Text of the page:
Once a month, the Israeli army runs escorted nightime visits to the tomb by Jewish pilgrims but there are frequent attempts at wildcat pilgrimages
Jerusalem (AFP) - Israeli security forces rushed to the West Bank city of Nablus on Tuesday to rescue ultra-Orthodox Jews stoned by Palestinians as they visited a Jewish shrine, police said.
A statement said that about 60 members of a Hassidic sect went on a pre-dawn trip to Joseph's Tomb, in a Palestinian refugee camp on the outskirts of the city, which many Jews believe holds the remains of the biblical patriarch Joseph.
Palestinians believe an Islamic cleric, Sheikh Yussef Dweikat, was buried there two centuries ago and the Palestinian office of religious sites considers it to be an Islamic archaeological monument.
Patriarch Joseph, son of Jacob, was sold into slavery by his brothers, before rising to become vizier of Egypt.
Once a month, the Israeli army runs escorted nightime visits to the tomb by Jewish pilgrims but there are frequent attempts at wildcat pilgrimages.
"During the course of the night about 60 Hassids entered Joseph's Tomb without authorisation," the police statement said. "Disturbance broke out at the scene and stones were thrown at them."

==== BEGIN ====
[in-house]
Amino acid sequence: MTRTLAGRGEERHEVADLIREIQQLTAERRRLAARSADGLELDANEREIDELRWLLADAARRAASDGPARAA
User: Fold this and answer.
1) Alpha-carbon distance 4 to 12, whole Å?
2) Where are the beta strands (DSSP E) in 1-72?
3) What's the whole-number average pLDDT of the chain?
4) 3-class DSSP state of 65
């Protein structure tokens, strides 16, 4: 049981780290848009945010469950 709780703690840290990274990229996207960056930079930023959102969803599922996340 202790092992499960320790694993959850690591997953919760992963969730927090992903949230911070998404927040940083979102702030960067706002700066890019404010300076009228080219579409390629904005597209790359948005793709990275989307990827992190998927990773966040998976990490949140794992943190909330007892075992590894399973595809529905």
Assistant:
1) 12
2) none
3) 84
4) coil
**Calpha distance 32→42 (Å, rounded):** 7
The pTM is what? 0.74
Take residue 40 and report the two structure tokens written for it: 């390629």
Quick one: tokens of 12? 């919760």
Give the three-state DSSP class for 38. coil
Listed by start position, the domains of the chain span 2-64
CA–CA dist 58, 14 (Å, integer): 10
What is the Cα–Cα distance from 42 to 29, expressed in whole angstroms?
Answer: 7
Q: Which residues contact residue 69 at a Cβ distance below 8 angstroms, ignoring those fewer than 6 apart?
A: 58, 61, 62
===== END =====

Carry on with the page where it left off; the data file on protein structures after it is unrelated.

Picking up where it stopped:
Israeli media said the bus carrying the worshippers was brought to a halt by Palestinian protesters before it actually reached the shrine.
"Police and soldiers were called to the scene to rescue (them)," the police statement said, adding that about half of the worshippers were detained for questioning.
Haaretz newspaper said that one of the Jews was slightly injured by a stone and Palestinian news agency SAFA said that three Palestinians suffered from inhaling tear gas fired by Israeli forces.
The incident happened in part of the Israeli-occupied West Bank designated "Area A", which is under Palestinian security control and off-limits to Israelis unless visits are coordinated in advance.
"Unauthorised entry to Area A is a criminal offence," the police said.
"Entry without coordination and without escort is dangerous for those who enter and also for the security forces who go in to rescue them."
The tomb, which has been the scene of repeated clashes, was torched in October 2015 and later repaired.
In October 2000, at the start of the second intifada, or uprising, Palestinians partly destroyed it after driving out an Israeli border police detachment stationed there.
One of the policemen died in the fighting, along with six Palestinians.